E-tolling opponents OUTA have hailed the City of Cape Town’s e-tolling court victory over
SANRAL, marking another blow against SANRAL’s plans to ram their unpopular plans down
society’s throat. OUTA Chairman, Wayne Duvenage, said the case had demonstrated
SANRAL’s lack of legal compliance and highlighted contradictions in its policy.
“In the Gauteng e-tolling case, SANRAL claimed that the cost of tolling was known before the
decision to embark on the Gauteng Freeway Improvement Project was taken. Yet in the Cape,
SANRAL’s counsel claimed the opposite, saying that tolling costs couldn’t be determined until
the decision to build the roads was taken,” he explained. “Contradictions aside, we are amazed
that SANRAL was prepared to build the N1/N2 Winelands project without knowing what it
would cost the road user.”
OUTA said the judgment also emphasised SANRAL’s tendency to withhold relevant
information. “This tactic and lack of transparency by SANRAL has often been observed by
OUTA during our protracted legal case over the Gauteng e-tolling system,” Duvenage
commented. He also hoped the National Council of Provinces (NCOP) would take note of the
judgment. The NCOP is currently considering legislation which would make a vehicle’s owner
liable for toll payments, as opposed to its driver, something that OUTA described as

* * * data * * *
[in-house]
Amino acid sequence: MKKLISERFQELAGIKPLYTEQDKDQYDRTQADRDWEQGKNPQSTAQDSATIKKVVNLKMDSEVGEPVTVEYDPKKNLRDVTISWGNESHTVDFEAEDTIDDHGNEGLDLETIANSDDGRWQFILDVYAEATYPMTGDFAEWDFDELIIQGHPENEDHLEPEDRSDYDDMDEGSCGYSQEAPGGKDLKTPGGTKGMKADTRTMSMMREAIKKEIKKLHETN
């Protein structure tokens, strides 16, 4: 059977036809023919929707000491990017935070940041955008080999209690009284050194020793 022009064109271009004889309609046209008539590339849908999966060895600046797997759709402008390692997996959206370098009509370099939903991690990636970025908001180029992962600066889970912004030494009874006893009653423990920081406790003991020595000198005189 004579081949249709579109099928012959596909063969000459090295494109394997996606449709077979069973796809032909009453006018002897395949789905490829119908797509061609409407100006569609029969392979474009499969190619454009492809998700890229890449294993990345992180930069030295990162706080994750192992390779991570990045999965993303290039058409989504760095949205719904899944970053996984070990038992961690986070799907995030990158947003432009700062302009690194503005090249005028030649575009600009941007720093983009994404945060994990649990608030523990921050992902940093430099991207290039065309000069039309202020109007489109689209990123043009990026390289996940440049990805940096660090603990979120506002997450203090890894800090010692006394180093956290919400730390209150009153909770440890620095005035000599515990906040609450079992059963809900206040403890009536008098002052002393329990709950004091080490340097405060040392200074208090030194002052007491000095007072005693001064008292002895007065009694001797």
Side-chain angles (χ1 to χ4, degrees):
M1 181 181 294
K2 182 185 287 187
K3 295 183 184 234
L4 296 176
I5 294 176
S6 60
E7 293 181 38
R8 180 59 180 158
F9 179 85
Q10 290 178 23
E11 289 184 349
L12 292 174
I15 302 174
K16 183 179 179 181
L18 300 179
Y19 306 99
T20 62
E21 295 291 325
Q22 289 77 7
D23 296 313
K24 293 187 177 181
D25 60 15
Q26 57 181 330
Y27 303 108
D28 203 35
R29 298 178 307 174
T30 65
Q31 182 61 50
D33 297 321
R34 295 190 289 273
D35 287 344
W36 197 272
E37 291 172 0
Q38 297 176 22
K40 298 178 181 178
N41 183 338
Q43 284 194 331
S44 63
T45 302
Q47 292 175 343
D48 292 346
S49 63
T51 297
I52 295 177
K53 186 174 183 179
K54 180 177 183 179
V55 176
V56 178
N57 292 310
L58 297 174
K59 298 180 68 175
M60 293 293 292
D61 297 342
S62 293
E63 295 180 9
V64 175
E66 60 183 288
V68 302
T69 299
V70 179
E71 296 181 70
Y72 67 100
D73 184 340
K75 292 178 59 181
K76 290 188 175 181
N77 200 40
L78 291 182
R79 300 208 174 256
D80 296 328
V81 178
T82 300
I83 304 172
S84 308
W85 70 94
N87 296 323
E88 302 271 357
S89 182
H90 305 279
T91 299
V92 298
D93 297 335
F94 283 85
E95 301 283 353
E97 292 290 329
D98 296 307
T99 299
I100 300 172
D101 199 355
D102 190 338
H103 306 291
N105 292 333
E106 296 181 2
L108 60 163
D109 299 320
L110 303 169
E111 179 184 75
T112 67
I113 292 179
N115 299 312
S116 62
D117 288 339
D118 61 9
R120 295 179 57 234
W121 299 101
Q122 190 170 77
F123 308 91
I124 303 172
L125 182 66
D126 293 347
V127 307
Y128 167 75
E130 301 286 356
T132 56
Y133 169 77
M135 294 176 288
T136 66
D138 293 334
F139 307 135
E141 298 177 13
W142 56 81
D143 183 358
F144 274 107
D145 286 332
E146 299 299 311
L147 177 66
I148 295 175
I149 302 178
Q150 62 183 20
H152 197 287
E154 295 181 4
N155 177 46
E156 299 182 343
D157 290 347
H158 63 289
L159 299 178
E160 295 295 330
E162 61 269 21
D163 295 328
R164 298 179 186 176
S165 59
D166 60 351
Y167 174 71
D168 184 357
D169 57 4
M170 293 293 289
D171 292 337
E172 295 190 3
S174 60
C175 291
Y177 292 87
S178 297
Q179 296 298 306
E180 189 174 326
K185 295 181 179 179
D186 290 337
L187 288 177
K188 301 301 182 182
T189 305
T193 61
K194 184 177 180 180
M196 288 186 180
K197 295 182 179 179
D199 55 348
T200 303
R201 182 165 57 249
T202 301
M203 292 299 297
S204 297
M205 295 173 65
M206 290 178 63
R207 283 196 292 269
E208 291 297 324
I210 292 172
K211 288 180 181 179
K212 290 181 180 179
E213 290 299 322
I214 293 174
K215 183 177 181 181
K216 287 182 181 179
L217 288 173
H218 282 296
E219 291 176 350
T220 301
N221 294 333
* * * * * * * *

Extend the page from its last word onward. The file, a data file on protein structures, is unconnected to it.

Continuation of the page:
contradictory to SANRAL’s submissions in its Gauteng court case. “SANRAL has constantly
promoted e-tolling as a ‘user pays’ system,” said Duvenage. “From the look of this legislation, it
actually an ‘owner pays’ process which adds significant technical difficulties around application
and enforcement. We call on the NCOP to put a halt to this legislation until greater clarity is
obtained, all options are explored and the legal processes are complete.”
He added that vast amounts of information about e-tolling were still outstanding in that the
Minister of Transport had not yet responded to the more than 11,000 or so public comments on
e-tolling along with feedback on the public forums held during November 2012, at which etolling
was resoundingly rejected. He said the government had also gone silent on legislation to
create the so-called ‘e-toll police’, and information was lacking on the procedures and legal
implications of e-tolling, for instance, the roles of the Criminal Procedure Act and AARTO.
“The City of Cape Town’s court victory is heartening, but the fight isn’t over yet. The case
clearly showed that SANRAL is prepared to ram e-tolling through at virtually any cost,” he said.
He encouraged road users to visit the OUTA website at www.outa.co.za for further details on the
current e-tolling legal process and to make a contribution to their legal fees for OUTA’s
upcoming e-tolling fight in the Supreme Court of Appeal. “We cannot stop e-tolling without the
help of the public,” he concluded.